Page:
At some point though I switched out with Chris so I could take some photos and videos with my camera and get outside for a few minutes.


    The rain slowly started to taper off after 5pm when the front slowly slid south. The power was still out by 5:30 and we were trying to figure out how to make dinner. Chris had the camp stove but had to dig around for fuel as he thought we were totally out. He ended up finding fuel buried somewhere in the shed and had gathered up everything to cook when the power flickered back on. Of course.


    We quickly got everything together inside and made dinner, cleaned up, and hoped that the power wouldn’t flicker off once again.


    Slowly the water started going down once again despite rumblings of thunder a few times. The sky lightened to the west and we got a few glimpses of a colorful sunset somewhere on the horizon.


    We woke up the next morning quite early and hit the road for a planned camping trip with my family. The sky was bright and there was no rain, hopefully, on the horizon for the rest of the weekend.


    Before we left we made a mental note of which backroads over to I-45 might still have water over them and made an effort to avoid them. The road we ended up choosing was open but as we crossed over a bridge over a creek we saw that just a few hours previously we wouldn’t have made it across. The water was rapidly flowing maybe a foot below the bridge. On I-45 the San Jacinto River was well out of its banks and spreading out across the floodplain, access road, and into a community adjacent to the river. We ended up having a great weekend camping, albeit a little hot and humid and with a cranky toddler, but at least we got out of the house.

    So far the yard damage appears to be a small post oak that fell over, losing a nifty wood bench Chris had made for the fire pit, one of the plumerias on the dock went into the water and sat there all weekend because Chris wasn’t able to retrieve it before then—it may end up rotting, a peach tree is wilting—we’ll see if it pulls through, it looks like the tomatoes are toast—at least most of them, as well as a few other plants in the vegetable garden. We’ll just have to see how the rest fare in a few days and if they are able to dry their feet out. I suspect we’ll end up losing the Mexican/Texas olive because it has been on life support a few times already and really hates wet feet.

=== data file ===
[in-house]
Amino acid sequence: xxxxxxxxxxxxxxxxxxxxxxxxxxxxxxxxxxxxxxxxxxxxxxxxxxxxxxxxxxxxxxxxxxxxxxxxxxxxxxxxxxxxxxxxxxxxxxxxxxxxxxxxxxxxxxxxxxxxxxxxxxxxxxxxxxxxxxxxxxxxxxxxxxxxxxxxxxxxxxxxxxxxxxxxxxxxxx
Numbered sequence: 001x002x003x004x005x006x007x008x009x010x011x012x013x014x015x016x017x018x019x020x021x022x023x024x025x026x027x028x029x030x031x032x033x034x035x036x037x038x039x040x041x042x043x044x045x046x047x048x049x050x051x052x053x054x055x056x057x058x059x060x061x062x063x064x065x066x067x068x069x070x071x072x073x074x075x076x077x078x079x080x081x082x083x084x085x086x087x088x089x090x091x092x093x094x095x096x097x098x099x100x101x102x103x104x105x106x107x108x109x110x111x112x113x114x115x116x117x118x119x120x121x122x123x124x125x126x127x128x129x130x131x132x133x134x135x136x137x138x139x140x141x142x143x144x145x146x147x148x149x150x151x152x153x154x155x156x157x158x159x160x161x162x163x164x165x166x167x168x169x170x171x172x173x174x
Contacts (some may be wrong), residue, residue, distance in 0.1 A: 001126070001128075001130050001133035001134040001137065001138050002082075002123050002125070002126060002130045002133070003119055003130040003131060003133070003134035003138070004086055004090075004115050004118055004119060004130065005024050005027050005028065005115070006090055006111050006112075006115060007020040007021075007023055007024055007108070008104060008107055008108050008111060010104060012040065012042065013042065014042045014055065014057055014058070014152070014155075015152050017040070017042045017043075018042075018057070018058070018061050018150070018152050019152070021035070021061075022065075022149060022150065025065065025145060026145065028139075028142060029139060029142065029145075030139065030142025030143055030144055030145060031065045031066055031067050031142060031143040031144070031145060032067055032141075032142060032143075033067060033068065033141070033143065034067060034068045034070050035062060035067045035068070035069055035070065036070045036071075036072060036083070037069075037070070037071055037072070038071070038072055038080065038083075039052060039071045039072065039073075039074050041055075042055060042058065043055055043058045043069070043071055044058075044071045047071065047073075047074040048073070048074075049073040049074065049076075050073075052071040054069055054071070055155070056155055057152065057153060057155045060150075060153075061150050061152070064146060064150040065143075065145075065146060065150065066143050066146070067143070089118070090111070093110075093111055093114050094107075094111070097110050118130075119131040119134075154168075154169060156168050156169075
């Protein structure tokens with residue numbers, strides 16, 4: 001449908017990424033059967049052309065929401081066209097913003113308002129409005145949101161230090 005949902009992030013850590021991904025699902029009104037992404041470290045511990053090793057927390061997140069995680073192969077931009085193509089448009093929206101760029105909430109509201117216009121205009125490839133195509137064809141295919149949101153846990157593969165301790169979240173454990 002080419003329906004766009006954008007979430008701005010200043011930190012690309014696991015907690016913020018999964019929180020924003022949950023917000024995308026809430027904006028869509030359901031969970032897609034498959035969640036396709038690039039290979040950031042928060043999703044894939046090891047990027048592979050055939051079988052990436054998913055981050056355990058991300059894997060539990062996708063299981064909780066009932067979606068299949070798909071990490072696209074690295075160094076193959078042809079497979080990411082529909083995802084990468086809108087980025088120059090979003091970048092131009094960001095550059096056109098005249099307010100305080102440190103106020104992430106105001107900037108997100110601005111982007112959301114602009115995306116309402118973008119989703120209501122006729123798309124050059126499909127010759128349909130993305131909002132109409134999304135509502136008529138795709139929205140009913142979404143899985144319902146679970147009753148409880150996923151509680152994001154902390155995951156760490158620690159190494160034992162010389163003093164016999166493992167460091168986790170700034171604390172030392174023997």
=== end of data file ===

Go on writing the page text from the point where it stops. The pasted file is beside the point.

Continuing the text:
Our neighbors did get water in their house. On Friday morning they had pulled a lot of items out of the house and garage to assess the damage from the night before but the Friday afternoon storms just came suddenly and they left without getting anything back in before it flooded again. They lost most of their chickens, the coop, and I’m sure their vegetable garden looks even worse than ours, as well as having the damage in their house. I know their neighbors also had some water in their house and I need to touch base with them again to make sure they don’t need any help ripping carpet up.